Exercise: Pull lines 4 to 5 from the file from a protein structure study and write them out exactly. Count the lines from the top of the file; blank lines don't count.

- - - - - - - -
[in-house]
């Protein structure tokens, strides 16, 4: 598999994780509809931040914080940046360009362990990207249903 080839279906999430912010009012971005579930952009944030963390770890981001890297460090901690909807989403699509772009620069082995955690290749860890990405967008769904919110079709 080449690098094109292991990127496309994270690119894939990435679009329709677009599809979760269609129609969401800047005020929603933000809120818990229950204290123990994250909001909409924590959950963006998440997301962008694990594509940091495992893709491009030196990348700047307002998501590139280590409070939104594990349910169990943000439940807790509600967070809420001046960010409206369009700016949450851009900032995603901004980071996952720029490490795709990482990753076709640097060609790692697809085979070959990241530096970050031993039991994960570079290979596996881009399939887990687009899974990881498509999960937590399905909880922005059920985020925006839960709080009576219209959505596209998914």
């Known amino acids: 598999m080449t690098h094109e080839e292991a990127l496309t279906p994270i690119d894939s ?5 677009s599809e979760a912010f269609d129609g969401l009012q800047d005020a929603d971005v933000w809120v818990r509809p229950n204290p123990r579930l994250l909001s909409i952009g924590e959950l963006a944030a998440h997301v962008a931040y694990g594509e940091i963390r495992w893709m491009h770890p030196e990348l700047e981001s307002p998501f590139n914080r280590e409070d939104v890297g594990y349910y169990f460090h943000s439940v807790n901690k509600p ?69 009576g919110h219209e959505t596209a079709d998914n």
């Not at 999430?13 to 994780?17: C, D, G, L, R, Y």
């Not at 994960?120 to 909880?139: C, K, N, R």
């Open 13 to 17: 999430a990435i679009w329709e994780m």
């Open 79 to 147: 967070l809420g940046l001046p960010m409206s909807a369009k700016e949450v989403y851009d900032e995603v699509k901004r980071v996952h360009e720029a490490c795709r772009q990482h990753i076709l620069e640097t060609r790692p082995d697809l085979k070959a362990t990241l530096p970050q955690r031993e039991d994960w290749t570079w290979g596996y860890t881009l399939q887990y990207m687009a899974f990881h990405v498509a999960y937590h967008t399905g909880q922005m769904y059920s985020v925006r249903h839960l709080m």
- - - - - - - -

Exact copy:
């Not at 999430?13 to 994780?17: C, D, G, L, R, Y």
């Not at 994960?120 to 909880?139: C, K, N, R």